Let's slow down a little bit to make sure we're clear on this. Romans presents the all-important doctrine of justification by faith alone in Christ alone: the argument reaches its peak in Romans 4:5 – the one who doesn't work, but believes is counted righteous. The really fascinating thing about Romans 4 is that the doctrine is argued entirely from the Old Testament, where it's shown that Abraham (Romans 4:3) and David (Romans 4:7) were both justified in exactly the same way that we are.
Guilt and justification are Old Testament truths.
Romans 1–3 demonstrates the guilt of men – and women, of course! But Romans 5 goes further, showing that men and women are not only guilty, but lost. Lost goes deeper than guilty. Guilty means I have done something wrong. Lost means I am something wrong.
And here's where these preachers tend to go off track. They don't seem to believe that men and women aren't capable of pleasing God. They seem to think that God forgives our guilt, and then expects us to live for Him with a clean slate. The problem, of course, is that there's no clean slate, not even a blank one. God forgiving our sins means we're justified in His sight, but it doesn't change the fact that we're lost.
Christ didn't die to remedy our flesh, He died to end it. That's the only way I know to interpret John 1:29 – the Lamb of God takes away the sin (not sins) of the world.
Here's the thing: this is the most practical doctrinal difference imaginable. Rob Leatham says shooting is simple, it's just not easy. Christian living is almost exactly the same thing: it's simple, but it's not easy.
The simple truth is that there are many people who have been forgiven of all their sins, who nevertheless aren't really living the Christian life. They are born again, they are regenerated, they are justified in God's sight; but they aren't saved. And sadly, many of the preachers I hear are actually calling people to exactly this less-than-Christian life. This is why I've come to see Darby's "On Sealing with the Holy Ghost" (Collected Writings, Volume 31, p. 254) as so important.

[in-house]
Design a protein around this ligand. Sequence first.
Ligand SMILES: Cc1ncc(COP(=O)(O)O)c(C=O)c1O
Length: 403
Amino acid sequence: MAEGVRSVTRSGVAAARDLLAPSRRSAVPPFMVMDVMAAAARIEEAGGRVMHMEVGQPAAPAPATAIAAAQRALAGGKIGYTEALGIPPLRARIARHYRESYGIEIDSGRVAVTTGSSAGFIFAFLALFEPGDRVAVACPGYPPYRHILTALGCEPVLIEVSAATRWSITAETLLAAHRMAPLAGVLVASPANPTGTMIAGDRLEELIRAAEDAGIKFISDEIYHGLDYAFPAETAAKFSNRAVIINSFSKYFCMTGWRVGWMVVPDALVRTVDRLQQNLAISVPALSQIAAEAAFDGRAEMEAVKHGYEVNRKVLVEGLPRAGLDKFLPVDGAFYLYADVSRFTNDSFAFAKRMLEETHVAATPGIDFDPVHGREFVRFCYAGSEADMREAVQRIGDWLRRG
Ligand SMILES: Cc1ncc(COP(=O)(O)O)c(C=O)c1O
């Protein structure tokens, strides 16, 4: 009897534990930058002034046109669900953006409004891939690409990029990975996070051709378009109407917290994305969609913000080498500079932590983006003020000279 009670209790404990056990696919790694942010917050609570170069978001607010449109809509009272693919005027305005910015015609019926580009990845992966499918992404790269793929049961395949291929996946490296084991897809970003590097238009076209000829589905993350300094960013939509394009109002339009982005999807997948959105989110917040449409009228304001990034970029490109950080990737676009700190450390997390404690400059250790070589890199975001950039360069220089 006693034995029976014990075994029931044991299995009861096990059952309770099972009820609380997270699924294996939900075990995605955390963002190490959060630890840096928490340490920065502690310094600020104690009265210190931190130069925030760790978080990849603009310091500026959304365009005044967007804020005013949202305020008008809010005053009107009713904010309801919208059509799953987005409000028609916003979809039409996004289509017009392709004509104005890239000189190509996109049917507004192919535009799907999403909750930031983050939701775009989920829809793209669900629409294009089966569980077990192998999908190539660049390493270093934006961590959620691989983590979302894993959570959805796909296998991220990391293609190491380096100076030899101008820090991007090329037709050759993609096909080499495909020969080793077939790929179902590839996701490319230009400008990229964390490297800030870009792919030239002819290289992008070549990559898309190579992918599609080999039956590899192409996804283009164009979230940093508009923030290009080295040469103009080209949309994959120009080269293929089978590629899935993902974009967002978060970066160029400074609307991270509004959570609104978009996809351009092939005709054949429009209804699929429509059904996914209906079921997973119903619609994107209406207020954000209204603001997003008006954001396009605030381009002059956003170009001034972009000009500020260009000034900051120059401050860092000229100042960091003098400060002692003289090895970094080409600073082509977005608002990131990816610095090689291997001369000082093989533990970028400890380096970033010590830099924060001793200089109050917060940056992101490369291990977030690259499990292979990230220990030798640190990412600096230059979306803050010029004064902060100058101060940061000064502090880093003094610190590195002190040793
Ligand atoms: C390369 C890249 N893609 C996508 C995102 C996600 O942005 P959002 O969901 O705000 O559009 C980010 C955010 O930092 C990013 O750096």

Scripture first mentions Salvation in Exodus 14:13, where Moses tells the people to "stand still and see the salvation of Jehovah." That chapter goes on to tell us what salvation looks like: Jehovah saved Israel, and they saw the Egyptians dead on the shore (Exodus 14:30). Notice this is significantly after the Passover: this is at least several days after they had been sheltered by the blood on the door, and even after they had left Egypt. Salvation comes after redemption.
The Christian life starts with baptism. Baptism is connected with salvation in Scripture: it's not connected with justification, or regeneration, or forgiveness, or reconciliation. It's connected with salvation. Sadly, many want to put baptism back at the Passover, not at the Red Sea.
The hardest thing for us to do is to accept we are lost. It's easy for us to judge our sins, it's hard for us to judge ourselves. It's simple, it's just not easy.
Philippians 3:9–10 tells us what it means to be "in Christ": it means to have no righteousness of our own. It's so incredibly difficult to give up our own righteousness. Ask me how I know! It's much easier to confess our sins than it is to give up our own righteousness. But this is precisely what it is to be "in Christ." We are "in Christ" when we give up having anything to offer God. We see Christ not only as taking our sins, but also as being our only righteousness.
It is a fact that God only sees us in Christ. The problem is when we don't see things that way. When God sees things one way, and we see things another way, then we're in trouble. And to live the Christian life, we need to see ourselves in Christ – no righteousness of our own, depending solely on the grace of God.
Christ my forgiveness, Christ my only righteousness. That's Christianity. It's not easy, but it's simple.